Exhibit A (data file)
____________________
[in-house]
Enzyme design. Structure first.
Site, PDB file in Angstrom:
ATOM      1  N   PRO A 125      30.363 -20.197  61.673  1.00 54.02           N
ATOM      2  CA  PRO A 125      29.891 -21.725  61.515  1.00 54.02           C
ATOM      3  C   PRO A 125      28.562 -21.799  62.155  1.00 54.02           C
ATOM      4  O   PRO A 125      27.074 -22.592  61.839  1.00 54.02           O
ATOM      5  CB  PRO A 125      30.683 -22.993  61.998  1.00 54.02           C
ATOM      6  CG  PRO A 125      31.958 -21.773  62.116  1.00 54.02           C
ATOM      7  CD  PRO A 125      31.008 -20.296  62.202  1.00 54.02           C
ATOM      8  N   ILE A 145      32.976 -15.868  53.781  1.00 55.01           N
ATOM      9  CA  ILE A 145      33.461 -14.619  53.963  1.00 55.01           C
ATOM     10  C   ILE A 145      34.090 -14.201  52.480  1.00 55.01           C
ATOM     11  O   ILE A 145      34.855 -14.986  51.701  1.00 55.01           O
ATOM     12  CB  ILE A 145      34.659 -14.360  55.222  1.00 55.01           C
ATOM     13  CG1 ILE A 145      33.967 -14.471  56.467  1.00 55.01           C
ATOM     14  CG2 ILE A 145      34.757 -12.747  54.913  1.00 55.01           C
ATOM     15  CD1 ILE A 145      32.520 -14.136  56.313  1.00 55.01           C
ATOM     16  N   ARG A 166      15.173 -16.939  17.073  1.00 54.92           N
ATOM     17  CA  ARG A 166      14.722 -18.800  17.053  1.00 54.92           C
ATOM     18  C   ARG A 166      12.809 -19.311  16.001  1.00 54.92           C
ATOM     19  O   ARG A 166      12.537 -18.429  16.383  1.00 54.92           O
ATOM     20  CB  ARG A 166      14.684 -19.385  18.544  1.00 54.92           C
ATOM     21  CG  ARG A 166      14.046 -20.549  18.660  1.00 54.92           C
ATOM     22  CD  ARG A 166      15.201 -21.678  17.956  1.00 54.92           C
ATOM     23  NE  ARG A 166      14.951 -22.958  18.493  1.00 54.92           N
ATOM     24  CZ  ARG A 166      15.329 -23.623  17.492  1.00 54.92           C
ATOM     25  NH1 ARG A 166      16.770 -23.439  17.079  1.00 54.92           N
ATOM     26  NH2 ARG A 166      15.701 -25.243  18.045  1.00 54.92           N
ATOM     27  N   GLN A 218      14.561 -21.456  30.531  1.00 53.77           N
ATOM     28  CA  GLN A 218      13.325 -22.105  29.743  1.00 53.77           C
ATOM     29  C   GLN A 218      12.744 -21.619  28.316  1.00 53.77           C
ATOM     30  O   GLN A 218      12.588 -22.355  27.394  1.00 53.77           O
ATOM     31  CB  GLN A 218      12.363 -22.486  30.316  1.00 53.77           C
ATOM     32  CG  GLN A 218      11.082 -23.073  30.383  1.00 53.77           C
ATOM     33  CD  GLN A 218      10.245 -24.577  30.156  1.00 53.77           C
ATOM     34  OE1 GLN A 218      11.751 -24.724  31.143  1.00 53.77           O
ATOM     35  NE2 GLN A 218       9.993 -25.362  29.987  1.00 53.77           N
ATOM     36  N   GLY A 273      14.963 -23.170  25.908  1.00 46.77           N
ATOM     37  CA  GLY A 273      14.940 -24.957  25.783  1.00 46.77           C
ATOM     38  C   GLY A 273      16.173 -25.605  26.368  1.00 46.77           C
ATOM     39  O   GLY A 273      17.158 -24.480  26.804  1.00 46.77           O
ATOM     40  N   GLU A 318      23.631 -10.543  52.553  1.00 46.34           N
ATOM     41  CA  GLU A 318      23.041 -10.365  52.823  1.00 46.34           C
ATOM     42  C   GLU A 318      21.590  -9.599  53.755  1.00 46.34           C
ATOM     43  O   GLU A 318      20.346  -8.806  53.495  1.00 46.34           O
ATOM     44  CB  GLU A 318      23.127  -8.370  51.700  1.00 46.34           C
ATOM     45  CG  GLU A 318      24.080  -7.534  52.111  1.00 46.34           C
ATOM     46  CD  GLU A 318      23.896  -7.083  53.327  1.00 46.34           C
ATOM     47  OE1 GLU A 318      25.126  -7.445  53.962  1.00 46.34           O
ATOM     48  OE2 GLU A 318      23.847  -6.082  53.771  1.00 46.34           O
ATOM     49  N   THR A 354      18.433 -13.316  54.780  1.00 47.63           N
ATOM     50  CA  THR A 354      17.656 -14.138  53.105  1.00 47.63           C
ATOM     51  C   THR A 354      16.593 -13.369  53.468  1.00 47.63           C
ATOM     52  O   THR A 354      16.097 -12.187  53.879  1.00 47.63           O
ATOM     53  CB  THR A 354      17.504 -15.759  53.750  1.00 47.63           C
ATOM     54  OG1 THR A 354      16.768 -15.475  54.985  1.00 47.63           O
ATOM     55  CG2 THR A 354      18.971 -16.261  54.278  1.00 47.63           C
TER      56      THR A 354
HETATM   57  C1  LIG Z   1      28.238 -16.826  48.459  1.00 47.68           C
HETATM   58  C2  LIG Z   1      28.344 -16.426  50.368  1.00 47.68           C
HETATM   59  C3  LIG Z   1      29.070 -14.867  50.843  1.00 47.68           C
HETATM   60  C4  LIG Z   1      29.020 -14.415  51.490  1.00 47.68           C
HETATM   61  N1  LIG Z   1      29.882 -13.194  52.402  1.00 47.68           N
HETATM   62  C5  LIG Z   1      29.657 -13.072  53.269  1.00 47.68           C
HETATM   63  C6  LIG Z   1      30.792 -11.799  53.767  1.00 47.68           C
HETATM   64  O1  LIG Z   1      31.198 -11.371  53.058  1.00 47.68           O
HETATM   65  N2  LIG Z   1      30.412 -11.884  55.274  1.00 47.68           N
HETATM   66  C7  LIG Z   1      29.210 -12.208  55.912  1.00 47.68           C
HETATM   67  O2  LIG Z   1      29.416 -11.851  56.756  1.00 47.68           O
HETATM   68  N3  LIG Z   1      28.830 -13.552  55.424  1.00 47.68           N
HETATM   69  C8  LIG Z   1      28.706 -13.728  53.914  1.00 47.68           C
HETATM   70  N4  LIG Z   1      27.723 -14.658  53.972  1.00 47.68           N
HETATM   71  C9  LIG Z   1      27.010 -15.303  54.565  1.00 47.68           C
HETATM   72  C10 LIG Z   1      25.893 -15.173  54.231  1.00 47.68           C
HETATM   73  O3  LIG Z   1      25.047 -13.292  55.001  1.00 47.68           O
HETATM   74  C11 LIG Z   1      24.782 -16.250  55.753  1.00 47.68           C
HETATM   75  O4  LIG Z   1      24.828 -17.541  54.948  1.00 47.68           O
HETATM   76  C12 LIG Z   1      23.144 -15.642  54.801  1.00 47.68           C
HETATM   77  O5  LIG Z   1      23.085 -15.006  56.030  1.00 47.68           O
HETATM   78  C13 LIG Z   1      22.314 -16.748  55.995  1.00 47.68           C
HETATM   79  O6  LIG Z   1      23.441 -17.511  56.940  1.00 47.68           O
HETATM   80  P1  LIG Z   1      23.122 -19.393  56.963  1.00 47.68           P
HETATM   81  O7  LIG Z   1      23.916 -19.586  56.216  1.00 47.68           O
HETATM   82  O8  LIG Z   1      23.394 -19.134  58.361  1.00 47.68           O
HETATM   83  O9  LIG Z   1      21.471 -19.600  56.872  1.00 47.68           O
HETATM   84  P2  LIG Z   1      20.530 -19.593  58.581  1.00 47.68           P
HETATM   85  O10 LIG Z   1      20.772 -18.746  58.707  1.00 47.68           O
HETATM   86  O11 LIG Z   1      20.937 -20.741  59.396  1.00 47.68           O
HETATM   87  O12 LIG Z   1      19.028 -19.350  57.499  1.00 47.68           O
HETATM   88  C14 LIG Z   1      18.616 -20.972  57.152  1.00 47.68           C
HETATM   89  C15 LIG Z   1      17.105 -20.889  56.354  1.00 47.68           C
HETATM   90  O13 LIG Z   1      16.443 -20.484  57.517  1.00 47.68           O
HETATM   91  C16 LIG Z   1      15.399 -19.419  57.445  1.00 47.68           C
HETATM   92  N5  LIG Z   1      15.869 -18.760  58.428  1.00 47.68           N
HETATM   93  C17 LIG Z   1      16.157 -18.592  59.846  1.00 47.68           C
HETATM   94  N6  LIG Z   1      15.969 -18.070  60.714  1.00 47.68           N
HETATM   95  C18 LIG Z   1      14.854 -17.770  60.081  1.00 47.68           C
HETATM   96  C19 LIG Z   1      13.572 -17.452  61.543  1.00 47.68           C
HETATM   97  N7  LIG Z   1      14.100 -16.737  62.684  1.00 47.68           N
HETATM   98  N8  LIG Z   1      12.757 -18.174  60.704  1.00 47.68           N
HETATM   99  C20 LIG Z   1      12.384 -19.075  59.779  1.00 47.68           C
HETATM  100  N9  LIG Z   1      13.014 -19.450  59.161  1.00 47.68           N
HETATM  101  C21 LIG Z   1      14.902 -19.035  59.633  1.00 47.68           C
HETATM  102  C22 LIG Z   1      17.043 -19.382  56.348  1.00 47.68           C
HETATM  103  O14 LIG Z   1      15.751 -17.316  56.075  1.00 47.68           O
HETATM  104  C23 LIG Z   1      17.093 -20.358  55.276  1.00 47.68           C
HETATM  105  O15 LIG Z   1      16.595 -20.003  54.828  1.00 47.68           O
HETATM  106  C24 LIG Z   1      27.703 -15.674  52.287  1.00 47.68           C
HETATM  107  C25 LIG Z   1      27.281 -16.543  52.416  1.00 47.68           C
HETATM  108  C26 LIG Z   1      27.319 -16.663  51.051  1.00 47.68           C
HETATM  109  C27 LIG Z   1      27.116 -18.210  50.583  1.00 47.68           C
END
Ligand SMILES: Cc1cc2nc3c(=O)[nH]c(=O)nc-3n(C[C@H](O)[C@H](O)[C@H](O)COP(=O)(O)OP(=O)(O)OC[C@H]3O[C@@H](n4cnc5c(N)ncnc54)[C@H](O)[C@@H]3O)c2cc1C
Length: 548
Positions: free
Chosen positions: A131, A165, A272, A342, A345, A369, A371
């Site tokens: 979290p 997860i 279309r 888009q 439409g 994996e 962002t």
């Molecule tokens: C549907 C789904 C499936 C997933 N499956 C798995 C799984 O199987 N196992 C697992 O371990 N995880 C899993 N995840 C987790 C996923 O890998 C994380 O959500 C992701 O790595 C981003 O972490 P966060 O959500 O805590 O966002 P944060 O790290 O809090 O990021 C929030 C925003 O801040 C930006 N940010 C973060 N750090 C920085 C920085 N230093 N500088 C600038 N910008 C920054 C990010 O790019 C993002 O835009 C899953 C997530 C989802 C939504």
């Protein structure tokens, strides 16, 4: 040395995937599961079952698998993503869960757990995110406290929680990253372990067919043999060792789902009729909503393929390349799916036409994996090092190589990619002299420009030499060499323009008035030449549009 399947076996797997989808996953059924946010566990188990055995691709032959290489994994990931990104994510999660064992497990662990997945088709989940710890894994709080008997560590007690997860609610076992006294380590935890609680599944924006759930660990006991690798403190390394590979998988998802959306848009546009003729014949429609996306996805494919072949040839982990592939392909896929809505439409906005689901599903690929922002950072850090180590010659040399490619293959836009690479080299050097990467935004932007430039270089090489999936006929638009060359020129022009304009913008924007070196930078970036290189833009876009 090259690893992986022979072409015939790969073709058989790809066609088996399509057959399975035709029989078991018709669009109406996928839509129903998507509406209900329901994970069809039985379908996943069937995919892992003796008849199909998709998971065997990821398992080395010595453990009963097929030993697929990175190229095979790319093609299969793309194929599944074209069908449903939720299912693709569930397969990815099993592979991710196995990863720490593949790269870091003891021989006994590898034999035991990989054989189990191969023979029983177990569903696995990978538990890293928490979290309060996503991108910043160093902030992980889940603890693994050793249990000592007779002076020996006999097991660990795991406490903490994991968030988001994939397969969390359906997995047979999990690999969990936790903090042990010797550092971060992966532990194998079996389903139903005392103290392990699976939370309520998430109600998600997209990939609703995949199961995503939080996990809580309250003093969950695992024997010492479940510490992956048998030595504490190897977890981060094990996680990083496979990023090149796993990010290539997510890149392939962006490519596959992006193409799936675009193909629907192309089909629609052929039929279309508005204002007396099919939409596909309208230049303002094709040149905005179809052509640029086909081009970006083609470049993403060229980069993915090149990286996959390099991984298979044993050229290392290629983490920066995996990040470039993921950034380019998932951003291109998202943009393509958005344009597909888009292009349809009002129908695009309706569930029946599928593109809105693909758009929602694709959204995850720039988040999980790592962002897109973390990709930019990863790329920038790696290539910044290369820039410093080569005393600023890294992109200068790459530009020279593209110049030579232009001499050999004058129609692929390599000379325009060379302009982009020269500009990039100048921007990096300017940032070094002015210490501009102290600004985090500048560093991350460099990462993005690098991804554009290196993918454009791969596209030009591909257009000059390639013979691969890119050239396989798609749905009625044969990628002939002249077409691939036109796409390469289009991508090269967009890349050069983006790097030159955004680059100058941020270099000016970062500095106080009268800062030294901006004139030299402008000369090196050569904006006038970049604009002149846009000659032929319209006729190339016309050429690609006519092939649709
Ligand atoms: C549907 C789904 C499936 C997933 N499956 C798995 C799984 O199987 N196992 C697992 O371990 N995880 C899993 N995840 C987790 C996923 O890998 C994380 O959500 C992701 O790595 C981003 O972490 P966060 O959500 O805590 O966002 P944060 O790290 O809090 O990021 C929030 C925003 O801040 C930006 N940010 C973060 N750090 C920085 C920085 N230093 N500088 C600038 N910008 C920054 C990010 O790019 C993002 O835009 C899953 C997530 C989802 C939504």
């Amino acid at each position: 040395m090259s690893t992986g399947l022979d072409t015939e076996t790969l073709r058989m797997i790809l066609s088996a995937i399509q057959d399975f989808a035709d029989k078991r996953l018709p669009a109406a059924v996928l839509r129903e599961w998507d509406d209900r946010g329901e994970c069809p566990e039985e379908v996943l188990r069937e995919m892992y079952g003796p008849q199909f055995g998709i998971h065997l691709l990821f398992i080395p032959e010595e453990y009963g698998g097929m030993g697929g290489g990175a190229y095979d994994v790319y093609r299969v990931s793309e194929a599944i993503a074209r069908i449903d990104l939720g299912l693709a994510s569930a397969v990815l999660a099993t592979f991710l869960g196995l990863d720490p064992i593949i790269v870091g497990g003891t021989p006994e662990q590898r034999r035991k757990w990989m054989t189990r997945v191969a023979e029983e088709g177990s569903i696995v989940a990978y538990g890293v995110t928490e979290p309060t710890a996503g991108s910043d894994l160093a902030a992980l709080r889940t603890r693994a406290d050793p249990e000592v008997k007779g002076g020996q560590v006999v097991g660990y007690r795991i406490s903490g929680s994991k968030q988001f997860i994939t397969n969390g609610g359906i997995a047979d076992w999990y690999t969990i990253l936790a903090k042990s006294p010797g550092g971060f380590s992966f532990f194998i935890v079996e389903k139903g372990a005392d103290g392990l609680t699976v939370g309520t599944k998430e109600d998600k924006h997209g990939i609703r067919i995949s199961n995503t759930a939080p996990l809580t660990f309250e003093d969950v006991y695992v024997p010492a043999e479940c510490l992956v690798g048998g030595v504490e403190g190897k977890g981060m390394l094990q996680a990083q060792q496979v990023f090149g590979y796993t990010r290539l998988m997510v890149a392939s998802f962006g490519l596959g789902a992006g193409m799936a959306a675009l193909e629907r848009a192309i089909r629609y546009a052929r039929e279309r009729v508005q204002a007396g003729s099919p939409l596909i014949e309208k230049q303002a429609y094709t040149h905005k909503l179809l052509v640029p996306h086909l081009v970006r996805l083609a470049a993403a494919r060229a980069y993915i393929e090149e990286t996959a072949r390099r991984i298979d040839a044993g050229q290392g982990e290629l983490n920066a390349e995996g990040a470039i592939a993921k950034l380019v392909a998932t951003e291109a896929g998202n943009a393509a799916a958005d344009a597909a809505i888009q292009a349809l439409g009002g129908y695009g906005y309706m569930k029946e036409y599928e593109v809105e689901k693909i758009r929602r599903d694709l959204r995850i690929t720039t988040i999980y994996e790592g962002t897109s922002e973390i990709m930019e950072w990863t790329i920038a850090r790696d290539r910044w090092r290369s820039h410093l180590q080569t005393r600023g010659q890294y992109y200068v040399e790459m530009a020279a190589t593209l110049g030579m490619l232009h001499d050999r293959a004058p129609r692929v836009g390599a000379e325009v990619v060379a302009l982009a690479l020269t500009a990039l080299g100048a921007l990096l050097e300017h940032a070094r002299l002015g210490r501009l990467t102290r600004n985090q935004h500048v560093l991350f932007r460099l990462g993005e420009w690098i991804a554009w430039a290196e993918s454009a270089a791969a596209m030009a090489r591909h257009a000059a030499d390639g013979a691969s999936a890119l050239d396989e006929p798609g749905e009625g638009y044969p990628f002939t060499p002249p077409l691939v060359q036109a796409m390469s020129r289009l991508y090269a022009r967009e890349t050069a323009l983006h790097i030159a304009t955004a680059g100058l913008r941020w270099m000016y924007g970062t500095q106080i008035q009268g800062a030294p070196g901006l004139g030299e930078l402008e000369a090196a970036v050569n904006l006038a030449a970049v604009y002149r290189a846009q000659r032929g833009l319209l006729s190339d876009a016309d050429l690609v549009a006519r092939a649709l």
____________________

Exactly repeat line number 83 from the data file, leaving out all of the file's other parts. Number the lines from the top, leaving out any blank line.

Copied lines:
HETATM   80  P1  LIG Z   1      23.122 -19.393  56.963  1.00 47.68           P